Hippocampus (mythology)

The hippocampus or hippocamp, also hippokampoi (plural: hippocampi or hippocamps; , from , "horse" and , "monster"), often called a sea-horse in English, is a mythological creature shared by Phoenician and Greek mythology, though the name by which it is recognised is purely Greek. It was also adopted into Etruscan mythology. It has typically been depicted as having the upper body of a horse with the lower body of a fish.

Hippocampus (disambiguation)

Hippocampus may refer to:

  • Hippocampus, an anatomical subdivision of the brain, so named for its physical resemblance to a seahorse (genus Hippocampus).
  • Hippocampus (Dungeons & Dragons), a type of magical beast
  • Hippocampus (genus), the seahorse genus
  • Hippocampus (journal)
  • Hippocampus (mythology) or hippocamp, a mythological sea-horse
Hippocampus (journal)

Hippocampus is a monthly peer-reviewed scientific journal established in 1991. It is published by John Wiley & Sons and on the neurobiology of the hippocampal formation and related structures. The editor-in-chief is Howard Eichenbaum ( Boston University).

Hippocampus (Dungeons & Dragons)

In the Dungeons & Dragons fantasy role-playing game, the hippocampus is a type of magical beast.

Usage examples of "hippocampus".

Penfield believed that this lost accessing ability arises from an inadequate blood supply to the hippocampus in old age-because of arteriosclerosis or other physical disabilities.

The title not only confirmed the centrality of the hippocampus to studies of animal learning, but was also symbolic of the conceptual shift amongst psychologists away from the crudities of behaviourism and simple associationism towards an understanding of animals, like humans, as cognitive organisms.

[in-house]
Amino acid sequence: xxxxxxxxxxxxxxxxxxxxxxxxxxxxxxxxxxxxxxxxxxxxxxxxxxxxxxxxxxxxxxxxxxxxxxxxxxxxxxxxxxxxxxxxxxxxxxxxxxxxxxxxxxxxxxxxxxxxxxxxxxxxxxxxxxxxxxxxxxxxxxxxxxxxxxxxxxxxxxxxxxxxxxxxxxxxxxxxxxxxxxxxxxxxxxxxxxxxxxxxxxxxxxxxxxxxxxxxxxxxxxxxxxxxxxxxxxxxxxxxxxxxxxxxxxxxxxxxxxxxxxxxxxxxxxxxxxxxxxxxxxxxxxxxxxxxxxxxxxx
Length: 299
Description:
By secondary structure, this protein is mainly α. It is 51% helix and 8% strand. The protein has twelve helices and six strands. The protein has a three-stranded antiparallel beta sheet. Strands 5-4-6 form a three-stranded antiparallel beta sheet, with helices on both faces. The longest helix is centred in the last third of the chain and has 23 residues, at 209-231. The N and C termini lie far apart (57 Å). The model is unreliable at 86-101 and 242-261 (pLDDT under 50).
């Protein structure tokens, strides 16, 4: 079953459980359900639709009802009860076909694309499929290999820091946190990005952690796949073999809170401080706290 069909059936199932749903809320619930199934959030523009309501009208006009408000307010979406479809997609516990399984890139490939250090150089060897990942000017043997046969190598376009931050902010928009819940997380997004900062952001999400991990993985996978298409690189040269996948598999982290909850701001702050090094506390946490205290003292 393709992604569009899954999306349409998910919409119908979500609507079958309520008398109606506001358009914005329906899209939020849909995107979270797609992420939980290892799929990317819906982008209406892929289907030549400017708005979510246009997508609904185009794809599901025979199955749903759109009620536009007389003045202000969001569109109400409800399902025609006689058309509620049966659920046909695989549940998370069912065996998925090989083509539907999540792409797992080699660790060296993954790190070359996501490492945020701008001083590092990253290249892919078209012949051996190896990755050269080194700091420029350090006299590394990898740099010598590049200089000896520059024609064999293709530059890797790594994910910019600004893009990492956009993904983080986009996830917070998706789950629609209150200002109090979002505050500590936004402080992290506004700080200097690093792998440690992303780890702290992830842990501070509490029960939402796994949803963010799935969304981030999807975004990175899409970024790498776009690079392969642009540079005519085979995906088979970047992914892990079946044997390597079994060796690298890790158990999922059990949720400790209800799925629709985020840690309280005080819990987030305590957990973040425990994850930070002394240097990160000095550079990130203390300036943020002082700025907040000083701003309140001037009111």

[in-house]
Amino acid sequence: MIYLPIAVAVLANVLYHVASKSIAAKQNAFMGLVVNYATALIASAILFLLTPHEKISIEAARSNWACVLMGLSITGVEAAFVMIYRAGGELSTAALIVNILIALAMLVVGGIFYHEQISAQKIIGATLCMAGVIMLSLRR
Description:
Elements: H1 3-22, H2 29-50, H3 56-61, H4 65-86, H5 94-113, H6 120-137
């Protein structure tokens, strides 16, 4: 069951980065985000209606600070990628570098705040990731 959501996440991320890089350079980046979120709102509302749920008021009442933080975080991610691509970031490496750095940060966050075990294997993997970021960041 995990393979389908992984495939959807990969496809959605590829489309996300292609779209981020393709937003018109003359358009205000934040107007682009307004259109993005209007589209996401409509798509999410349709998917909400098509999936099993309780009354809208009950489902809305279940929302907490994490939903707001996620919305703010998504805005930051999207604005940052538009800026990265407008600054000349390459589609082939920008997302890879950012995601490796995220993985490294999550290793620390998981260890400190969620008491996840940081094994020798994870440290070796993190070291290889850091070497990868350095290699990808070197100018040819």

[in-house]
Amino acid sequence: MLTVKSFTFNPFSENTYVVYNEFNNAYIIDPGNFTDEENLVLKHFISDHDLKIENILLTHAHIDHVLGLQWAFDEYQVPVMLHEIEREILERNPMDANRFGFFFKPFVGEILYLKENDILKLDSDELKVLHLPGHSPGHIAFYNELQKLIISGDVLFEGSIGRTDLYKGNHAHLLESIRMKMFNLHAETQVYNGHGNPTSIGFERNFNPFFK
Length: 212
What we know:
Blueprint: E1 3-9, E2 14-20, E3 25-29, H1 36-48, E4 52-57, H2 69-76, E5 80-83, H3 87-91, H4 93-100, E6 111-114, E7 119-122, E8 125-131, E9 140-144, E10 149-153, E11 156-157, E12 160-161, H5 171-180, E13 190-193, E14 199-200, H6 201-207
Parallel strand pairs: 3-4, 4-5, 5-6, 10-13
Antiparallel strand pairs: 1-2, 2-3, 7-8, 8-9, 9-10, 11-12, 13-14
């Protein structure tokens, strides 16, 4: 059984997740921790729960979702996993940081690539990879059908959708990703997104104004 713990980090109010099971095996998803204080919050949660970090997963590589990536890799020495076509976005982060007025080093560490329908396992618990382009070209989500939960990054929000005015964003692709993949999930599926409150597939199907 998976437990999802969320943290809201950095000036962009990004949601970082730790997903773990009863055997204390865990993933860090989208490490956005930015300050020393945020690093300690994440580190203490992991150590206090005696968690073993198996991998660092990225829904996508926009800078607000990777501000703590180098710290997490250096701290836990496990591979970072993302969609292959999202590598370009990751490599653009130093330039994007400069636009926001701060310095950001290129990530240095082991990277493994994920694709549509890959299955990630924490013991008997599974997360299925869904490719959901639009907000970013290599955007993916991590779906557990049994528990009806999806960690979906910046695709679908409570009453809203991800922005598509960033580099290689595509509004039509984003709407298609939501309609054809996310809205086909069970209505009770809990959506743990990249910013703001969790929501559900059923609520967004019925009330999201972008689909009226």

Calibrate the neurotracer to monitor at the cingulate gyrus, isthmus, hippocampal gyrus, uncus, and hippocampus.

Annette Dolphin, working with Tim Bliss, showed that, when the perforant pathway is stimulated in vivo, there is an increased release of glutamate in the hippocampus, and the biochemical mechanisms of this release were mapped in some detail by Marina Lynch.

All readings looked fine: glutamate, serotonin, do-pamine, cortical suppressant, amygdala regulator, P15, BDNF to strengthen the synaptic connections for learning in the hippocampus.

A major component of our ability to remember and recall is localized in the hippocampus, a structure within the limbic system.

A device, with hundreds of hair thin needles, pierces the scalp and produces a detailed 3-D map, a grid, which gives us the precise location of the ridges of the hippocampus ventricle and the pineal gland.

Bink exploded, thinking of what the hippocampus and manticora would do to him if they got a second chance.

Here your hippocampus responded with an identical theta rhythm while the neocortical EEG flattened.

Nonetheless certain important general neurobiological principles have emerged from the last decades of experimentation, on chicks, on the hippocampus, on Aplysia, and on many other experimental models which I have not found space to mention here.

An autopsy turned up encephalitis and myelitis of the brain, including Negri bodies in the pyramidal cells of the hippocampus, and Purkinje cells of the cerebellum.

The connection is clearly shown by the profound memory impairment that results from lesions of the hippocampus.

PET scans of working clairvoyants, my father found that the areas in the brain most important for clairvoyance were the same areas responsible for autism: the hippocampus, the amygdala, and the neocerebellum.

And pyramidal neurons in the frontal cortex and hippocampus accumulated calpain, which meant they were vulnerable to calcium influxes, which damaged them.

Autopsies of people over two hundred who had died of the quick decline regularly showed serious calcification of the pineal gland, coupled with increases in calpain levels in the hippocampus.